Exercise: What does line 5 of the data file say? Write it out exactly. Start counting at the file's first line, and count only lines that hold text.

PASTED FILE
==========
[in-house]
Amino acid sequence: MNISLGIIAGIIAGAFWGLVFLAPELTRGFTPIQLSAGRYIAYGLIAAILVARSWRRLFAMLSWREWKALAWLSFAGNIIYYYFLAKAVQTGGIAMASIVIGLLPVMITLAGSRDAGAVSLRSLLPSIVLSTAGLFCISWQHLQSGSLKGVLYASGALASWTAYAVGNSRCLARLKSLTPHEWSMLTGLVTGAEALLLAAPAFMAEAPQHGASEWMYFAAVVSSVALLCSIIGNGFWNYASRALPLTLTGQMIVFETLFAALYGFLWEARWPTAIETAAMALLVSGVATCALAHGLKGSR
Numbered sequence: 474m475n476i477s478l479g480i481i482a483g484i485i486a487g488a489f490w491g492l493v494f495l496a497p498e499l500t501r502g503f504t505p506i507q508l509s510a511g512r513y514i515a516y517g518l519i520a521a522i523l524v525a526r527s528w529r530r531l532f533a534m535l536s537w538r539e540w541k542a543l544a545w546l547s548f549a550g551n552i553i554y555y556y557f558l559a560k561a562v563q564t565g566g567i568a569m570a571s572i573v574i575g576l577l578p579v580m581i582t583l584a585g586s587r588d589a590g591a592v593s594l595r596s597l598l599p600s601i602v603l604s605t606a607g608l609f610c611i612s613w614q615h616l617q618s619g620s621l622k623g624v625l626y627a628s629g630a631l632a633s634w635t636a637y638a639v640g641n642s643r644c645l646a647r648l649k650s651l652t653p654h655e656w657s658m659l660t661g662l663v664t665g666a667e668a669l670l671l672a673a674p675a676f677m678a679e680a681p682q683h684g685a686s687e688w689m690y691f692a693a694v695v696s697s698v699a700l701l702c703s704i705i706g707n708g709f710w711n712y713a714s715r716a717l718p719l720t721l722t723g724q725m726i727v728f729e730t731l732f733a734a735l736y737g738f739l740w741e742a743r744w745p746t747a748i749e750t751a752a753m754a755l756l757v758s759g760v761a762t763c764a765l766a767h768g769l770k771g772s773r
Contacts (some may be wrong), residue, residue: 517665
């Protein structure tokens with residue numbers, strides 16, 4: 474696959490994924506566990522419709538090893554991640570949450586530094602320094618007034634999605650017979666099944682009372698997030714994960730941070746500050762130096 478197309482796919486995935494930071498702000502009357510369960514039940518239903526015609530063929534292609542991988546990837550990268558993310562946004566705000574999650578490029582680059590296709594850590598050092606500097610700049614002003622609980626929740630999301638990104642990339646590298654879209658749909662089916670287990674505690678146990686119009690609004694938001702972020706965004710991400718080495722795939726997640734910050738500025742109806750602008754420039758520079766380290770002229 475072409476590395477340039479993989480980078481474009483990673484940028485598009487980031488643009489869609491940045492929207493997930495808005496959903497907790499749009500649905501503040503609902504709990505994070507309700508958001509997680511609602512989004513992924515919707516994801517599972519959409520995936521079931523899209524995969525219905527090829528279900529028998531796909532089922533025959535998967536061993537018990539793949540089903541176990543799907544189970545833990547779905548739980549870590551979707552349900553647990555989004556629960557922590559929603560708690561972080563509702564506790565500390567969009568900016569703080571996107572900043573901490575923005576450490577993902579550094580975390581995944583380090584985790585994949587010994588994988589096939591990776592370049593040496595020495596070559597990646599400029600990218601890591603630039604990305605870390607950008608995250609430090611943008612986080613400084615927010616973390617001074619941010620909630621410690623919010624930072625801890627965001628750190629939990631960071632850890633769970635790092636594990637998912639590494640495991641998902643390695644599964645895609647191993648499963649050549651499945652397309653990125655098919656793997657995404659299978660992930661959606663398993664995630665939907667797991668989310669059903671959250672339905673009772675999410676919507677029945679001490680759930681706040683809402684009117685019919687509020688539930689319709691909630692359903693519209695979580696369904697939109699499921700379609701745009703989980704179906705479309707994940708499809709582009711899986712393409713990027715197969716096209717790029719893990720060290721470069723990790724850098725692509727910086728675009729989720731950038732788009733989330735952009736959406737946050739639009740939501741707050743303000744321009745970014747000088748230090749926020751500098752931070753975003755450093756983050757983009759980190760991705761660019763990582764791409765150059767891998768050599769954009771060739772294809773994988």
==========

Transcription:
């Protein structure tokens with residue numbers, strides 16, 4: 474696959490994924506566990522419709538090893554991640570949450586530094602320094618007034634999605650017979666099944682009372698997030714994960730941070746500050762130096 478197309482796919486995935494930071498702000502009357510369960514039940518239903526015609530063929534292609542991988546990837550990268558993310562946004566705000574999650578490029582680059590296709594850590598050092606500097610700049614002003622609980626929740630999301638990104642990339646590298654879209658749909662089916670287990674505690678146990686119009690609004694938001702972020706965004710991400718080495722795939726997640734910050738500025742109806750602008754420039758520079766380290770002229 475072409476590395477340039479993989480980078481474009483990673484940028485598009487980031488643009489869609491940045492929207493997930495808005496959903497907790499749009500649905501503040503609902504709990505994070507309700508958001509997680511609602512989004513992924515919707516994801517599972519959409520995936521079931523899209524995969525219905527090829528279900529028998531796909532089922533025959535998967536061993537018990539793949540089903541176990543799907544189970545833990547779905548739980549870590551979707552349900553647990555989004556629960557922590559929603560708690561972080563509702564506790565500390567969009568900016569703080571996107572900043573901490575923005576450490577993902579550094580975390581995944583380090584985790585994949587010994588994988589096939591990776592370049593040496595020495596070559597990646599400029600990218601890591603630039604990305605870390607950008608995250609430090611943008612986080613400084615927010616973390617001074619941010620909630621410690623919010624930072625801890627965001628750190629939990631960071632850890633769970635790092636594990637998912639590494640495991641998902643390695644599964645895609647191993648499963649050549651499945652397309653990125655098919656793997657995404659299978660992930661959606663398993664995630665939907667797991668989310669059903671959250672339905673009772675999410676919507677029945679001490680759930681706040683809402684009117685019919687509020688539930689319709691909630692359903693519209695979580696369904697939109699499921700379609701745009703989980704179906705479309707994940708499809709582009711899986712393409713990027715197969716096209717790029719893990720060290721470069723990790724850098725692509727910086728675009729989720731950038732788009733989330735952009736959406737946050739639009740939501741707050743303000744321009745970014747000088748230090749926020751500098752931070753975003755450093756983050757983009759980190760991705761660019763990582764791409765150059767891998768050599769954009771060739772294809773994988």